Change passwords regularly. Use combinations that are difficult to guess, such as a mix of uppercase and lowercase letters, numbers and symbols. The more complex the password, the harder it will be to crack and the more likely it will provide protection against hackers.
 
Ask for text alerts. Many institutions let customers choose to receive alerts via text or email whenever large transactions are made on their accounts, or if the balance drops to a certain amount. That way, customers can reach out to the bank immediately if they see a purchase or transfer they didn’t make, and protect their account against further fraudulent activity. In addition, customers can dispute unauthorized charges for 60 days after the date of their bank statement.
 
Online banking comes with its own set of risks, but there are also conveniences — monitoring your balances to avoid fees, depositing checks, sending money to friends and family, and earning more interest from online-only banks that feature the best rates.

Take steps to protect your accounts while making sure your bank uses industry-standard security technology. This way you can enjoy the conveniences of banking online while also keeping your accounts safe.
 
The article Is Online Banking Safe? How to Boost Your Banking Security originally appeared on NerdWallet.

Business Corner: Tips Any Small Business Owner Can Employ to Boost E-Newsletter Subscribers

For small businesses, building a good email list of engaged customers and fans is vital, but just having a little sign up box on your website is not going to cut it. If you want to grow your list you need to be proactive, and employ some of the now standard industry practices. If you are unsure of where to begin, Julie Myhre-Nunes, Director of Content at NextAdvisor.com, has plenty of great ideas to get you started. Here are her top tips for growing your email list this year.
 
Have a user-friendly sign-up form
The easiest way to boost e-newsletter subscribers is to have a user-friendly sign-up form. “While it may be tempting to include a sign-up form that asks for a lot of your customers’ information, as it will help you get to know them, you must recognize that people don’t want to spend 10 minutes filling out all this information just to sign up for your newsletter,” Myhre-Nunes warns. “Similarly, they are likely not comfortable with providing that much information to a company or website that they’re just getting to know. As such, it’s in your best interest to make a simple sign-up form that asks for your customers’ names and email addresses, for example.”
 
Include the sign-up form on your website
This one may seem obvious, but it’s something that can easily be overlooked. “After you create a sign-up form, you’ll want to make sure you put it in the same spot on every page of your website so your customers can easily locate it. Some of the best locations for a sign-up form include a sidebar, underneath the header or as a part of your website’s footer. Note that while it’s fine to use bold or differently colored text to bring attention to it, you don’t want the sign-up form to take away from other content on your site, so keep it simple,” Myhre-Nunes advises.
 
Cross-promote your newsletter
As with nearly everything else in business, your newsletter should be cross-promoted on any other platform you use to communicate with your customers. “This means you should include a sign-up form or an invitation to sign up on your social media pages, your customers’ receipts or any other platform you use,” Myhre-Nunes says. She adds, “You’ll also want to share newsletter-promoting posts on your social media networks. For example, you can share something like ‘Don’t miss out on (name of business)’s news! Sign up for our newsletter to stay in the know.’”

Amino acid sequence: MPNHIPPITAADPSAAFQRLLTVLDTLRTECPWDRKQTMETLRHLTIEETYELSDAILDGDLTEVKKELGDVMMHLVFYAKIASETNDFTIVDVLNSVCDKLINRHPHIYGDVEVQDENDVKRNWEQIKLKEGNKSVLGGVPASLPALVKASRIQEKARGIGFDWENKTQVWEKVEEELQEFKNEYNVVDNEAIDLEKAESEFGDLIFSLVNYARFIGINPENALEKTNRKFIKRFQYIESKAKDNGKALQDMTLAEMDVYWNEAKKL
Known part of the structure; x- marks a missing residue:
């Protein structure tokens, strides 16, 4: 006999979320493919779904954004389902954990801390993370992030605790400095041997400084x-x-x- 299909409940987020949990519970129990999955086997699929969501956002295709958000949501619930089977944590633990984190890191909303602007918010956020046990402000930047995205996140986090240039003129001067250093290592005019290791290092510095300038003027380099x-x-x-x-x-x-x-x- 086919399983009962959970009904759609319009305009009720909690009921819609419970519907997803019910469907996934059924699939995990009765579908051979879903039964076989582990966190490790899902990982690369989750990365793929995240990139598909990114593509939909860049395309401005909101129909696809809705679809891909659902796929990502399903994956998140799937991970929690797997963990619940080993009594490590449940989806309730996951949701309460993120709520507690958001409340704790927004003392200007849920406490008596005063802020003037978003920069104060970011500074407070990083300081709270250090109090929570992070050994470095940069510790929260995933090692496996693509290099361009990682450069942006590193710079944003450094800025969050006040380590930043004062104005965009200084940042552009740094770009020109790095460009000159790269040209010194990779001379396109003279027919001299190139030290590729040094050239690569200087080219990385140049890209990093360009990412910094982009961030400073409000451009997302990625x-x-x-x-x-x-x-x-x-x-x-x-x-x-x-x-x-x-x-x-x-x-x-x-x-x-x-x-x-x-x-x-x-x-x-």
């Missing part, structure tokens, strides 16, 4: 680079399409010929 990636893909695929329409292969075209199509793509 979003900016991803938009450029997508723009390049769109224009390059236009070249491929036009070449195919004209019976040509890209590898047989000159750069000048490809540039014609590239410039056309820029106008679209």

Use incentives to encourage signups
People love free stuff, and they are often willing to give away some of their information, such as their email, to get it. “It’s wise to offer some sort of incentive for customers who sign up for your newsletter,” Myhre-Nunes suggests. “For example, if you run a store, you can give customers a 10% discount code for signing up for your newsletter. Similarly, you can host a giveaway and pick the winner from newsletter subscribers (e.g., ‘Sign up for our newsletter to enter our giveaway’).”
 
Do not spam people to get subscribers
Okay, so this one is more of what not to do, but it is very important. “Your customers have lives outside of your business, and while they may love the services or products your business offers, they do not want to hear about your business all the time,” Myhre-Nunes warns.
 
“Overwhelming them with e-newsletters, social media posts, physical flyers or any other form of communication will not only lose you e-newsletter subscribers, but also likely give your company a bad name.”
 
Similarly, make sure you provide an easy opt-out for those who no longer want to be on your list. “It’s part of email marketing best practices to not only detail what subscribers can expect from your e-newsletter before they sign up, but also providing them with a way to opt out of the newsletter (e.g., an unsubscribe link at the bottom of your newsletter) if they ever change their mind. Failing to do either can get you on your customers’ bad list and even get your email marketing account cancelled, as most email marketing services take these complaints very seriously.”
 
By following these tips you can start building a high-value list for your business to foster relationships and share updates with as you grow and expand your offerings.
 
Source: https://www.forbes.com/sites/kateharrison/2017/09/09/tips-any-small-business-owner-can-employ-to-boost-e-newsletter-subscribers

Coulee Bank’s Q-Tip: Secure or Not Secure, that is the Question

Google recently announced beginning in July 2018, with the release of Chrome 68, web pages loaded without HTTPS will be marked as “not secure”.
 
At first, a change like this can seem like another way for Google to earn more money.  The safer you feel on the web, the more time you’ll spend interacting with Google services and advertisements.  While probably true in this case, it doesn’t diminish the fact that this is a very good change for everyone using Chrome.  All users can benefit from a better visual representation showing the site they are currently visiting may not be secure.